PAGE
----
To support this shift in air quality management, we look towards related fields of policy and research that have already addressed some similar concerns. There has been considerable work on both the psychological and sociological understanding of behaviour in the areas of transport and energy consumption, however there is little direct involvement of air quality management processes with the basic evidence base and theoretical approaches that have been developed there. Where behavioural interventions have been taken up into air quality management plans, this tends to have been done by simply selecting a set of off-the-shelf measures rather than a greater involvement and understanding of the social science evidence and research behind it.

Therefore the aim of ClairCity is to support air quality policy and management in incorporating a broader social science approach. We hope to show how new thinking about the role of people in relation to air pollution can change the options for action for cities and policy makers. As a project, we will demonstrate the practical applicability of this holistic approach by putting citizens at the centre of air quality management in our six pilot cities and regions.

Tim Chatterton, Laura De Vito, Eva Csobod, Peter Szuppinger and Gabor Heves

This is an edited extract from the ClairCity report “Review of Social Science in Air Quality and Carbon Management” which will be publicly available in mid-2018.

Bristol’s air pollution data in more detail

This collection of links may be useful for people trying to find out more about the sources of different statistics and to understand more about the air pollution problem in Bristol. The list isn’t exhaustive, but identifies some of the most up-to-date sources of information for the current situation in Bristol and plans for the future.

If you think there is an important document missing that would help others to understand more about air pollution in Bristol, feel free to let us know. In sharing these links ClairCity is not trying to promote or endorse findings or conclusions from any specific parties.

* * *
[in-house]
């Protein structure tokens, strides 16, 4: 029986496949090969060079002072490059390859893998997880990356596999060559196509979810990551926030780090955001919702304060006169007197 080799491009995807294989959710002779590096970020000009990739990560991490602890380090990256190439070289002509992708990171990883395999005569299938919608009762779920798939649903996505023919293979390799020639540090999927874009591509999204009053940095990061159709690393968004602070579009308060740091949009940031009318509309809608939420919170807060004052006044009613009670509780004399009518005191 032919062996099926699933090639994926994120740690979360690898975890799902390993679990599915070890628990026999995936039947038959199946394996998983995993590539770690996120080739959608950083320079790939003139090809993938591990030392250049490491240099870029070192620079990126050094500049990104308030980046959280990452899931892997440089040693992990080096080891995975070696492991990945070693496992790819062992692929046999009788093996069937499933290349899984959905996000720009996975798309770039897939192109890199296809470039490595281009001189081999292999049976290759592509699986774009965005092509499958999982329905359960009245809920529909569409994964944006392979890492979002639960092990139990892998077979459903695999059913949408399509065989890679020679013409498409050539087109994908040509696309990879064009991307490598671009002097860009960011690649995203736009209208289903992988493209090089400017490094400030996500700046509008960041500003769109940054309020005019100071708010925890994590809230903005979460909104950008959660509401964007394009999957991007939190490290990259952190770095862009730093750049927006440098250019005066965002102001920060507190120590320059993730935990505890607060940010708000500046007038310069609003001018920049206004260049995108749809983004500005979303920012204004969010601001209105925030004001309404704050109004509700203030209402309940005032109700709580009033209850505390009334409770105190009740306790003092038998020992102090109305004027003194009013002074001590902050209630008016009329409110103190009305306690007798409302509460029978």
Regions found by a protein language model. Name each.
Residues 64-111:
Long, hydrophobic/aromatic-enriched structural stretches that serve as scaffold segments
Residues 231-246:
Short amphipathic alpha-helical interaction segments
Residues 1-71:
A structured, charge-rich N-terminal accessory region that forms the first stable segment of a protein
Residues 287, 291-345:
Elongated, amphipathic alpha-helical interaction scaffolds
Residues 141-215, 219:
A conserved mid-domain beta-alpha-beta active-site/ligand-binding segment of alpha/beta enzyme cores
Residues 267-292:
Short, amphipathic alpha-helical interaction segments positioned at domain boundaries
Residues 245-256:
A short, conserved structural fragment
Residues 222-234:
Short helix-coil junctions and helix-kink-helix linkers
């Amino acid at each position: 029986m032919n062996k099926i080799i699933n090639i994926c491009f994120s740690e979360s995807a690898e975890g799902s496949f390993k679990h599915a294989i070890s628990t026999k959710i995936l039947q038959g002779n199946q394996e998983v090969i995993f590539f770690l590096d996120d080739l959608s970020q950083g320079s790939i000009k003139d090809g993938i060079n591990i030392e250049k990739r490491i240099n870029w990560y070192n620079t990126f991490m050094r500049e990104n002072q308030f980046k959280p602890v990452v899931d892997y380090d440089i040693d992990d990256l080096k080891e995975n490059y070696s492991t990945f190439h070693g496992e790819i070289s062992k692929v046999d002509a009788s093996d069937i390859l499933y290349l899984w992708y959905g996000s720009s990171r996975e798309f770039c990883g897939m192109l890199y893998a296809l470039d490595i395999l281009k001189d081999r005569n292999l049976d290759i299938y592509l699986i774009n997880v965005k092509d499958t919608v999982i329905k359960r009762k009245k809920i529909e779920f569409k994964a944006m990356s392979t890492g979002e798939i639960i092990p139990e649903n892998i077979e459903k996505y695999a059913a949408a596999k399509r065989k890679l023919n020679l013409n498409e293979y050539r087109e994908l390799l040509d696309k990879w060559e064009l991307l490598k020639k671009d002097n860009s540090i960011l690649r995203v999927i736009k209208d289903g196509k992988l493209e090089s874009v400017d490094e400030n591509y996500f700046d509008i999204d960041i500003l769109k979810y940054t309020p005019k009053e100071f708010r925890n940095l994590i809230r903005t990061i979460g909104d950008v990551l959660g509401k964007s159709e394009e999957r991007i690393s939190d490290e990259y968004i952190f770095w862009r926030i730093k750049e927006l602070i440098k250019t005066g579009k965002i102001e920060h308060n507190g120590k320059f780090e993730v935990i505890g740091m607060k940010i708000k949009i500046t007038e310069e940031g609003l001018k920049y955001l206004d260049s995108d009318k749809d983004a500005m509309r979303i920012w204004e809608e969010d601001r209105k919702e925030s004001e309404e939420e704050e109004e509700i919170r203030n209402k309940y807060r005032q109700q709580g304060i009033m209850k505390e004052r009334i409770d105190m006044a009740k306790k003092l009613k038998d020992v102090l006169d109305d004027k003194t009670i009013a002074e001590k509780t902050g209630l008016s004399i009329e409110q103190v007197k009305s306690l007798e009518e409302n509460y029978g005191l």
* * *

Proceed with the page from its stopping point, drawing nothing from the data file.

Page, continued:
Introduction to air pollution in Bristol

Dr Jo Barnes presented an introduction to air quality in Bristol at the Clean Air for Bristol event in July 2018. She covered the background information for the city, key statistics and conclusions for air quality in the city. This is a pdf version of the presentation. Among other useful resources and links, it includes:

  • A map showing the proportion of deaths attributable to air pollution (PM2.5 and NO2) in each ward in Bristol.
  • A map showing car ownership in each ward in Bristol
  • Overview of health impacts and sources of air pollution in Bristol.

Up-to-date air quality data

Did you know that hourly updates of Bristol’s air quality are available? This is collected and shared by the council.

Alongside the council’s data, the national Department for Environment, Food & Rural Affairs (DEFRA) also collect air pollution data in Bristol. They run a site in St Pauls and another near Temple Meads.

Council reports and plans

In February 2017 the council published a commissioned report on “Health Impacts of Air Pollution in Bristol.”

  • This report is the source of the “300 deaths per year” (or five per week) statistic.
  • The report includes maps showing attributable deaths per ward.

In June 2017 the council published a document on the Clean Air Action Plan and Clean Air Zone feasibility study for Bristol. The document is available in the minutes of the Council meeting (see p.78-145).

  • This includes the calculation that 40% of NOx in central Bristol is from diesel cars.
  • Information on the scope of the study as it was initially framed, and maps of the alternative Clean Air Zone proposals.

Related topics and data

UK research on commuting and travel

Two recent studies have shed light on the activities and experiences of drivers and commuters in the UK, both published by research groups at our partner, UWE Bristol.

Commuting is worse than pay cut